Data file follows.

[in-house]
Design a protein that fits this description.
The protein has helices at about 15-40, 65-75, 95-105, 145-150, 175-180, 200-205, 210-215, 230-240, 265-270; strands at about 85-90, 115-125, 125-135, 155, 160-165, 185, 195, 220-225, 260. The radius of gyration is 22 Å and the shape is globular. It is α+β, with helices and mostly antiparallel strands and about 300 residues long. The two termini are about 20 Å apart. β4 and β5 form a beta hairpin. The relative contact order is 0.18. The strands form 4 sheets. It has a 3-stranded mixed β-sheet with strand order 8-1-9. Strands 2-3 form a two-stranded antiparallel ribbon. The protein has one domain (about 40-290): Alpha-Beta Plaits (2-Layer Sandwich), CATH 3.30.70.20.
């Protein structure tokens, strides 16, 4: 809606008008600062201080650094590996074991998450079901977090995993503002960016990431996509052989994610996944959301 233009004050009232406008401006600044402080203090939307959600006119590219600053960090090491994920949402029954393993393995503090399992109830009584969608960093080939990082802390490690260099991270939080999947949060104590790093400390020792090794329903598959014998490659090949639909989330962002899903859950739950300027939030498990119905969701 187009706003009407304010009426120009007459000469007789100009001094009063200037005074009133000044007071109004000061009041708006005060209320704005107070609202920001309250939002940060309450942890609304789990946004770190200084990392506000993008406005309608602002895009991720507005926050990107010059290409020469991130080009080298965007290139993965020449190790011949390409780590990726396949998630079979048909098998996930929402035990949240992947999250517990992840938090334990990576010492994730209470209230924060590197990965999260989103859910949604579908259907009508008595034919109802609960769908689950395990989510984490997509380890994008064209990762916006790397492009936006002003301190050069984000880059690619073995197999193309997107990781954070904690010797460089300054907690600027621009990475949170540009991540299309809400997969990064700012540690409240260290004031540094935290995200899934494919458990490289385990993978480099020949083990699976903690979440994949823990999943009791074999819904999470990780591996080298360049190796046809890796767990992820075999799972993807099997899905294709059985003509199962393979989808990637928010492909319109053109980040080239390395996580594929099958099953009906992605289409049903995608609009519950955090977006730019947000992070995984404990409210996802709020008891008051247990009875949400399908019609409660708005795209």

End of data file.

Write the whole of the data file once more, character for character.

[in-house]
Design a protein that fits this description.
The protein has helices at about 15-40, 65-75, 95-105, 145-150, 175-180, 200-205, 210-215, 230-240, 265-270; strands at about 85-90, 115-125, 125-135, 155, 160-165, 185, 195, 220-225, 260. The radius of gyration is 22 Å and the shape is globular. It is α+β, with helices and mostly antiparallel strands and about 300 residues long. The two termini are about 20 Å apart. β4 and β5 form a beta hairpin. The relative contact order is 0.18. The strands form 4 sheets. It has a 3-stranded mixed β-sheet with strand order 8-1-9. Strands 2-3 form a two-stranded antiparallel ribbon. The protein has one domain (about 40-290): Alpha-Beta Plaits (2-Layer Sandwich), CATH 3.30.70.20.
């Protein structure tokens, strides 16, 4: 809606008008600062201080650094590996074991998450079901977090995993503002960016990431996509052989994610996944959301 233009004050009232406008401006600044402080203090939307959600006119590219600053960090090491994920949402029954393993393995503090399992109830009584969608960093080939990082802390490690260099991270939080999947949060104590790093400390020792090794329903598959014998490659090949639909989330962002899903859950739950300027939030498990119905969701 187009706003009407304010009426120009007459000469007789100009001094009063200037005074009133000044007071109004000061009041708006005060209320704005107070609202920001309250939002940060309450942890609304789990946004770190200084990392506000993008406005309608602002895009991720507005926050990107010059290409020469991130080009080298965007290139993965020449190790011949390409780590990726396949998630079979048909098998996930929402035990949240992947999250517990992840938090334990990576010492994730209470209230924060590197990965999260989103859910949604579908259907009508008595034919109802609960769908689950395990989510984490997509380890994008064209990762916006790397492009936006002003301190050069984000880059690619073995197999193309997107990781954070904690010797460089300054907690600027621009990475949170540009991540299309809400997969990064700012540690409240260290004031540094935290995200899934494919458990490289385990993978480099020949083990699976903690979440994949823990999943009791074999819904999470990780591996080298360049190796046809890796767990992820075999799972993807099997899905294709059985003509199962393979989808990637928010492909319109053109980040080239390395996580594929099958099953009906992605289409049903995608609009519950955090977006730019947000992070995984404990409210996802709020008891008051247990009875949400399908019609409660708005795209």